Which employers are "covered" and required to provide an accommodation?

Reasonable accommodation requirements under California's law, the Fair Employment and Housing Act, apply to employers with five or more employees. ((Gov't Code, § 12926, subd. (d).)) The more restrictive federal law, the American's with Disabilities Act, only applies to employers with fifteen or more employees. ((42 U.S.C. § 12111, subd. (5)(A).))

What are some examples of a reasonable accommodation?

Courts look at accommodations on a case-by-case basis by considering the needs of the particular position. So, reasonable accommodations can vary greatly from job to job. Common reasonable accommodations may include:

  • Taking time off to rest or recuperate.
  • Having a modified part-time work schedule. ((42 U.S.C. § 12111, subd. (9); Gov't Code, § 12926, subd. (o).))
  • Purchasing or modifying equipment to accommodate your medical condition. Federal law requires an employer to pay for any reasonable accommodation. (For example: ergonomic chairs, desks, keyboards, or adjustable monitors.)
  • Reassignment to a vacant position.
  • Allowing applicants or employees to bring assistive animals to the work site.
  • Restructuring or modifying marginal job functions that cannot be performed because of the disability.
  • Or modifying facilities and workplace environments to increase accessibility for disabled individuals.

How should I begin the process of requesting a reasonable accommodation at my workplace?

In some circumstances, employers are required to offer disabled employees a reasonable accommodation, even if the employee has made no request for an accommodation. Nevertheless, it is a good idea for employees to take the initiative and request a reasonable accommodation from their employer. ((Gov't Code, § 12940, subd. (n); Claudio v. Regents of the Univ. of Cal. (2005) 134 Cal.App.4th 224.))

Before making a request for a reasonable accommodation, employees should be sure to review their employee handbook (if one exists) and follow any procedures or guidelines in it to request a reasonable accommodation.

It's also important for employees to speak with the doctor to understand their medical limitations. This can help the employee accurately assess their needs. Based on that information, they can give their employer a list of accommodations based on the doctor's substantiated assessment of their medical condition. The following accommodations can be requested:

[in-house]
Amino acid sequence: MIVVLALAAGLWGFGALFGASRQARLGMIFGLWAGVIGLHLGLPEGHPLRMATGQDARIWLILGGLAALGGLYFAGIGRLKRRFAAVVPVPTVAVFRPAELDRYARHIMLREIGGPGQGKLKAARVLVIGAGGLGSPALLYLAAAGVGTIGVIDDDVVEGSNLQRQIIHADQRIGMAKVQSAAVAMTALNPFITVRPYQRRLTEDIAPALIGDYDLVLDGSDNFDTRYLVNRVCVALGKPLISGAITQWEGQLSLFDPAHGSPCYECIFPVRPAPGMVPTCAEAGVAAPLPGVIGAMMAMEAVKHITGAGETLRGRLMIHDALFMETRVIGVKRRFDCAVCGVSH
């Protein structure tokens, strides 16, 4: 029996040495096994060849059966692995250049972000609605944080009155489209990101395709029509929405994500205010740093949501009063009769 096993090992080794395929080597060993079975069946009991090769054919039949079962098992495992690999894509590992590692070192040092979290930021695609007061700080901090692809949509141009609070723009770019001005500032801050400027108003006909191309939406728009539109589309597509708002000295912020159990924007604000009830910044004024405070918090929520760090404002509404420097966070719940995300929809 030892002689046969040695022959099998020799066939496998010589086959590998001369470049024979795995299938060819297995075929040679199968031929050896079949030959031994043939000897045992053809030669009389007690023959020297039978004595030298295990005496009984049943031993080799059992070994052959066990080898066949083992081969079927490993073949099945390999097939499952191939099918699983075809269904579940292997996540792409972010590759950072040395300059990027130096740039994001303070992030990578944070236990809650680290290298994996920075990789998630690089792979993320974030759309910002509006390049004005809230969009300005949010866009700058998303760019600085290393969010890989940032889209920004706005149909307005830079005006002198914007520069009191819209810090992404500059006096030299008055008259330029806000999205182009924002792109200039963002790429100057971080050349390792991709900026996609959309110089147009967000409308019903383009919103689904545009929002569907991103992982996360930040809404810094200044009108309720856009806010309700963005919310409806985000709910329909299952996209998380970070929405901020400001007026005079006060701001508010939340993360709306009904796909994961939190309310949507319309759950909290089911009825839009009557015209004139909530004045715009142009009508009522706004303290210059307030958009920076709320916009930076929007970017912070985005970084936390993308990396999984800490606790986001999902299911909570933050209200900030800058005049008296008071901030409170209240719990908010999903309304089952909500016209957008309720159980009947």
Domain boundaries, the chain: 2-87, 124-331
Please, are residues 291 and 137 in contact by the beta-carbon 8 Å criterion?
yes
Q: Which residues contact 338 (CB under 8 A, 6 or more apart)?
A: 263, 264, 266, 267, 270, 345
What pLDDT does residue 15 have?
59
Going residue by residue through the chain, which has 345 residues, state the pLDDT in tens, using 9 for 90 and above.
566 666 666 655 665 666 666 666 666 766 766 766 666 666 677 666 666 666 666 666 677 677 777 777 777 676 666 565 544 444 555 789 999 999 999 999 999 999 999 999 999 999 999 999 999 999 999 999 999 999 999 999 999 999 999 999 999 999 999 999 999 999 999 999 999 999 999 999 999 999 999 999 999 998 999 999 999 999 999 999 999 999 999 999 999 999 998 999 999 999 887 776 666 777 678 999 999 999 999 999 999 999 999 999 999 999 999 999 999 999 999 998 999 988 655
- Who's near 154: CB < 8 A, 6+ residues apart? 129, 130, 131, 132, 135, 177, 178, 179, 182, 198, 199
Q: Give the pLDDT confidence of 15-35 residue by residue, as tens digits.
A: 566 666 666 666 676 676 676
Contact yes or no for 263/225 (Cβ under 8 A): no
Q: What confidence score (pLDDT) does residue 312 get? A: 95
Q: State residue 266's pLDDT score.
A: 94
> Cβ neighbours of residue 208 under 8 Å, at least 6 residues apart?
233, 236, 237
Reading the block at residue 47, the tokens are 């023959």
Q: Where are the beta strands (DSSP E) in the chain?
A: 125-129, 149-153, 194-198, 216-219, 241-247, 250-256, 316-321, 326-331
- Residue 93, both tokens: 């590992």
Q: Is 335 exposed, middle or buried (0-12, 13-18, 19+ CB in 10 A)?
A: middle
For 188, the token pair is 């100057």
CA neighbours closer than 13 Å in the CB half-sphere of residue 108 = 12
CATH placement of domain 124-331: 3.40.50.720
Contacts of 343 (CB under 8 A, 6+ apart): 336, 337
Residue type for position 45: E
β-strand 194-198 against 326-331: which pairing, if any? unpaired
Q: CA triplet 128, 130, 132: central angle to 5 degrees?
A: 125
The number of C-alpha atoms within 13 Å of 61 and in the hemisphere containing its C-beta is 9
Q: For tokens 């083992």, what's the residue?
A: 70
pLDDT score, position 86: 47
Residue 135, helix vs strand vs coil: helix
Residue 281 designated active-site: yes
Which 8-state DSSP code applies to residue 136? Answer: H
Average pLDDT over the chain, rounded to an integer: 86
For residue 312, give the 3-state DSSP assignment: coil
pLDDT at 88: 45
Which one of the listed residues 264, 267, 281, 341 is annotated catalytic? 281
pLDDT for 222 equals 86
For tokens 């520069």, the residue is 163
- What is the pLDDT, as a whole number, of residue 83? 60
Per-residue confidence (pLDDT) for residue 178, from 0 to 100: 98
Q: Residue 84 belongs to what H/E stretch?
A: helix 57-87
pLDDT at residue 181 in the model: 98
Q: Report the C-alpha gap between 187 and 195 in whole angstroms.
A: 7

• Modified work schedule to minimize strain on the employee's body.
  • Flexible leave policies to permit doctor visits when necessary.
  • New workplace equipment that will help you complete your essential tasks.
  • Physical workplace modifications.

Employees should also submit their request for a reasonable accommodation in writing. An email or letter is best, but employees should make sure to keep a copy for themselves.

Sometimes, employees will have trouble notifying their employer. In these situations, it's a good idea to have a family member or friend to notify the employer.

It's also critically important for employees to work diligently and in good faith to find a reasonable accommodation that allows the performance of all essential functions of job.

Can my employer retaliate against me if I ask for a reasonable accommodation?

Absolutely not. Many disabled employees are understandably concerned about reprisals that might result in their termination or loss of other employment benefits if they request a work accommodation. Fortunately, both California and federal employment laws protect individuals who request accommodations for their disability. Employers who wrongfully terminate or take adverse action against their disabled workers can be liable for any financial or emotional harm they cause.

Can my employer harass me or tell the rest of my co-workers about my disability?

It is unlawful for your employer or any other person to harass you because of your medical condition, disability or mental disability. ((Gov't Code, § 12940, subd. (j)(1); see also Roby v. McKesson Corp. (2009) 47 Cal.4th 686, 706.)) The only people who should know about your disabilities are managers or supervisors who require knowledge of your illness to meet your work restrictions. ((42 U.S.C. § 12112, subd. (d)(3)(B).)) Any other disclosure of your medical information is unlawful. Your employer must make reasonable efforts to prevent harassment from occurring or possibly be responsible for significant financial damages.

If you are the victim of harassment because of your disability, you should attempt to resolve the matter by following the procedures in your employee handbook, speaking with the perpetrator or if necessary, reporting the matter in writing to your supervisor, and consulting an attorney.

What should I do if my employer is not giving me an effective reasonable accommodation or is discriminating against me?

Unfortunately, some employers only pretend to comply with the law before they discriminate against their disabled workers. If your employer is not earnestly attempting to accommodate your medical condition, you may have a legal claim. The most common examples of illegal disability discrimination are:

  • Wrongful termination or employment.
  • Reduced working hours.
  • Unjustified or false poor performance reviews.
  • Harassing and bullying of disabled employees in an attempt to force job resignation.
  • And workplace threats or denial of future promotions.

If you feel that you have been retaliated against or discriminated against because of your medical condition, it is important that you speak to a Los Angeles and Orange County employment lawyer. Optimum Employment Lawyers is available at (949) 954-8181 to determine your legal options. All consultations are confidential and free of charge.